While in the theatre, the two were allegedly kissing and fondling each other. The girl testified that the boy forced her to perform oral sex on him; the boy testified it was initiated by her.

The couple then went into one of the theatre's washrooms, where they locked the door and had intercourse on the floor. The girl testified she did not consent; the boy said she had.

Judge Rohrmoser chose to believe the boy.

During the trial, one piece of information that was brought forth and taken into account in Judge Rohrmoser's ruling was the declaration that "a trip to the washroom is the apparently universally recognized by young people precursor to sexual activity."

In his decision, Rohrmoser noted that although the girl had signs of injury that were consistent with sexual assault, he deemed the medical evidence as "not definitive." He stated that because the girl made no attempt to break away from the boy on their way to the washroom, it left open the possibility that consent had been given. He also chastised the boy for his conduct, stating that the boy was too focused on himself and not focused enough on what the girl may or may not have wanted.

This is a difficult case, indeed. These he-said/she-said cases are always complicated. It's a situation of which party is the most believable. But is this one of those situations?

I find myself wondering if this particular case is more about a judge's personal beliefs interfering with what our Canadian consent laws dictate. After all, judges are human beings. They make mistakes. Sometimes their rulings are based on prejudice, rather than the intent of the law.

In Canada, consent laws decree that each sexual act must be consented to, AND that a person has the right to change his or her mind about saying yes or no during any step of the sexual activity. As soon as the person says no, then consent ceases. This latter facet of the law was instituted, partly in order to address the ridiculous notion that "no means maybe," a defence that was successfully employed by just about every defendant accused of sexual assault before the law was changed.

I'm disturbed that the judge so readily dismissed the medical evidence of sexual assault. I'm equally disturbed that he determined that the girl's actions of going into the bathroom implied consent because of the so-called universally recognized meaning behind the trip to the washroom.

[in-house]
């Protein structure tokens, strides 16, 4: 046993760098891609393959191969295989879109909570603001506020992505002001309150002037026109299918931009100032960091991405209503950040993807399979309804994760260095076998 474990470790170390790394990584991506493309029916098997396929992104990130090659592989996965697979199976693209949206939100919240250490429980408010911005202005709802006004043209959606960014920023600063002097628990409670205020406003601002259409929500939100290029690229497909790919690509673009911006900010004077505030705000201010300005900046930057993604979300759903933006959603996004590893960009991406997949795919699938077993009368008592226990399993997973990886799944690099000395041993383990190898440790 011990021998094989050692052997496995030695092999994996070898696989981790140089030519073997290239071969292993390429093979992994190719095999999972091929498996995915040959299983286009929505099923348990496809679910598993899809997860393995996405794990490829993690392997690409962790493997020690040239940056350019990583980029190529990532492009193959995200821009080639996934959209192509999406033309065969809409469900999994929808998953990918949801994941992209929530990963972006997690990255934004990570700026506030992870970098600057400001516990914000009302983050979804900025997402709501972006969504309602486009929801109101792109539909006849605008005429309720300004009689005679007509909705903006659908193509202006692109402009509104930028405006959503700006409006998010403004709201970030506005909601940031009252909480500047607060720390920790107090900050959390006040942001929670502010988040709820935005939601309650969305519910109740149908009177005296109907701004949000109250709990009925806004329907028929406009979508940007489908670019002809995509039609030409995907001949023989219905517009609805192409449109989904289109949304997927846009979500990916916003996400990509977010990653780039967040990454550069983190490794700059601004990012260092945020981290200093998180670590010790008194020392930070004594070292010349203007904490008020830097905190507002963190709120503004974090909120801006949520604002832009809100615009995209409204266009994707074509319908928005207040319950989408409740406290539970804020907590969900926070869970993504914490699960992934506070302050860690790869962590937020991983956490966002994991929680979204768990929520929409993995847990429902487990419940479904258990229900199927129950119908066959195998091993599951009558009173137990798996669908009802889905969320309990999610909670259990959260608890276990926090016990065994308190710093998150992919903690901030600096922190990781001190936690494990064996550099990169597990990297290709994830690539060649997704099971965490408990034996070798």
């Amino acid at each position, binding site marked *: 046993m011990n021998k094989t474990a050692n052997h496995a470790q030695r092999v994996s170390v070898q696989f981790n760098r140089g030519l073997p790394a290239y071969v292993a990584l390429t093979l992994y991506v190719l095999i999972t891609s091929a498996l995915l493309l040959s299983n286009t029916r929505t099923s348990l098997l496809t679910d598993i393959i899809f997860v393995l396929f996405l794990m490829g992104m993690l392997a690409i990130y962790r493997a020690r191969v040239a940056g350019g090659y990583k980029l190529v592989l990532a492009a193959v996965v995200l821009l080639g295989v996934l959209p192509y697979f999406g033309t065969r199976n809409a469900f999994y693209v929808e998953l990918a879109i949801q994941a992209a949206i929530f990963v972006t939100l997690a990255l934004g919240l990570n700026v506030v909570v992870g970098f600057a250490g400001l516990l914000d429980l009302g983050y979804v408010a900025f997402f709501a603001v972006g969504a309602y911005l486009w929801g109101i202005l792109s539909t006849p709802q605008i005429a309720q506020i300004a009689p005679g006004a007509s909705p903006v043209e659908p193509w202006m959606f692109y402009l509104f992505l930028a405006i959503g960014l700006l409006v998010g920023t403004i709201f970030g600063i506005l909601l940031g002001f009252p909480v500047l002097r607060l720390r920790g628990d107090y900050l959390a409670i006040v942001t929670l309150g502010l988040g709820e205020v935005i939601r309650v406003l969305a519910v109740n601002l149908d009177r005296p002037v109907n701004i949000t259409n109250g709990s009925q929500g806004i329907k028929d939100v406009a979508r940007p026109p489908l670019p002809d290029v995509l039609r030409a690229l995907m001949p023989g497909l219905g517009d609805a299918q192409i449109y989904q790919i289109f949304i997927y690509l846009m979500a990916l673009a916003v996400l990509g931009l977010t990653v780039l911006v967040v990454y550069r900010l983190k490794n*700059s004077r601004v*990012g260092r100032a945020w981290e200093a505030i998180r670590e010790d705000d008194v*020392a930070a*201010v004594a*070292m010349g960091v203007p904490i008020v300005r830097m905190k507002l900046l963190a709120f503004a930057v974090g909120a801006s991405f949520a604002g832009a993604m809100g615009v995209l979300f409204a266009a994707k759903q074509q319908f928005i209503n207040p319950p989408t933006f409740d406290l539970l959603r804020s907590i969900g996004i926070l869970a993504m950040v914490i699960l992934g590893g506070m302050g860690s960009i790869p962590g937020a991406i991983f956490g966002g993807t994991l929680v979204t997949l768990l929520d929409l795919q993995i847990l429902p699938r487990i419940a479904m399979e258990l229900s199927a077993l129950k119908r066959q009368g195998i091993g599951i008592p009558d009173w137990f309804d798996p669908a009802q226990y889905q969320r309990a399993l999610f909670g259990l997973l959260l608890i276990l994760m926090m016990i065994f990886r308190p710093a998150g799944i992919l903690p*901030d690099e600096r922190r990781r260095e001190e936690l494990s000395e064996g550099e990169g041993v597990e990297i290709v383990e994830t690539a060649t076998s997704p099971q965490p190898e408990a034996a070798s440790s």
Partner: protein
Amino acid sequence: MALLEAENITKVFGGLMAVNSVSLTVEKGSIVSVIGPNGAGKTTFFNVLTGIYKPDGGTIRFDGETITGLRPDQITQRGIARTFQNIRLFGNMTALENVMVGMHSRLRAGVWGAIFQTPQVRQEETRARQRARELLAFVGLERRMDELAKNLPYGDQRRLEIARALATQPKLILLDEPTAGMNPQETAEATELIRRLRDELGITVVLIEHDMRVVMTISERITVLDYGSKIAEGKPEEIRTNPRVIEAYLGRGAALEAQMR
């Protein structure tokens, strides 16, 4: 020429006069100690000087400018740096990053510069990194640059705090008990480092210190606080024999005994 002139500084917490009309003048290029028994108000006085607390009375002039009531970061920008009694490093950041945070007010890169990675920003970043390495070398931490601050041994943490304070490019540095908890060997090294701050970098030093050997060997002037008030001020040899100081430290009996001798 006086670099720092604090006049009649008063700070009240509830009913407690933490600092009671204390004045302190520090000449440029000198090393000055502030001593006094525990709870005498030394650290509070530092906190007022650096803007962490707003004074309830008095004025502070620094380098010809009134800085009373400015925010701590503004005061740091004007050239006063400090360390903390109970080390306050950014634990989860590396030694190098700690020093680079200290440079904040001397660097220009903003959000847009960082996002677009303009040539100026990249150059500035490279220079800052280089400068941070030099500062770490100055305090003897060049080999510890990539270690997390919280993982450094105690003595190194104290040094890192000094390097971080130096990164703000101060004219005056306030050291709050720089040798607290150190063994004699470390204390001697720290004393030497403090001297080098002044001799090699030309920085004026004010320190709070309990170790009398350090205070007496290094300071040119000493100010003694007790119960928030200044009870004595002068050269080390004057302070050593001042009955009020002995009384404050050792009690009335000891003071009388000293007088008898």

Based on his logic, I have to ask if this judge would conclude that a prostitute "implies" consent because she IS a prostitute. Would he rule that being a prostitute is universally recognized as providing sexual favours; therefore, being a prostitute implies consent? Prostitutes can be raped, and CAN claim sexual assault, because Canadian consent laws declare that each and every act of a sexual nature must be consented to. Prostitutes have the right to say no.

I realize that comparing an adolescent choice with a prostitute's might offend some people's sensibilities, but I've done so to demonstrate that consent laws must—and do—apply equally.

There is no doubt there are lessons to be learned here. If you are a teen who has reached the age of consent, no matter where you live in the world:

  • Clearly communicate your limits and be assertive about those limits. "Yes" means yes. "No" means no. "Maybe" shouldn't be a part of the equation. If you're not sure, the answer is "NO!" So say it, mean it, and walk away.

  • Be clear about what you want. Don't be ambiguous.

  • If your partner is wavering, the answer is NO. Pure and simple. Don't get caught up in the possibilities; you could end up facing a sexual assault charge. If you're found guilty, your life will never be the same. But even if you're acquitted on all charges, your life will be miserable for a very long time. Don't take the chance.

  • If your intuition is telling you something isn't right, believe it. All of us have a little inner voice. It's the hair-standing-at-the-back-of-your-neck or that sick-feeling-in-the-pit-of-your-stomach situation. This is your built-in warning system. Don't ignore it.

  • Don't put yourself in compromising situations.

  • Make choices that lead you to where you want to go.
If you are a parent OR grandparent, don't be neglectful in this technological age we now live in; your children and grandchildren need your wisdom and guidance more than ANY generation ever has.
  • Monitor and limit your child's or grandchild's Internet activity. And remember, computers at home are not the only Internet access they will have. Consider messaging services on cell phones and other hand-held technology, school computer labs, computers in the homes of friends and family members, and don't forget to pay close attention to your child's use of webcams, digital cameras and cell phones.

  • Do not allow a child or youth to have a computer with Internet access in his or her bedroom or somewhere in the house that offers privacy. Make sure the computer is in full view ALL THE TIME and that an adult is always watching their Internet activity.

  • You must take an active and proactive approach to your child's online access. Use software, but DO NOT rely solely on that software to control or limit where your child is visiting online. They are not always reliable.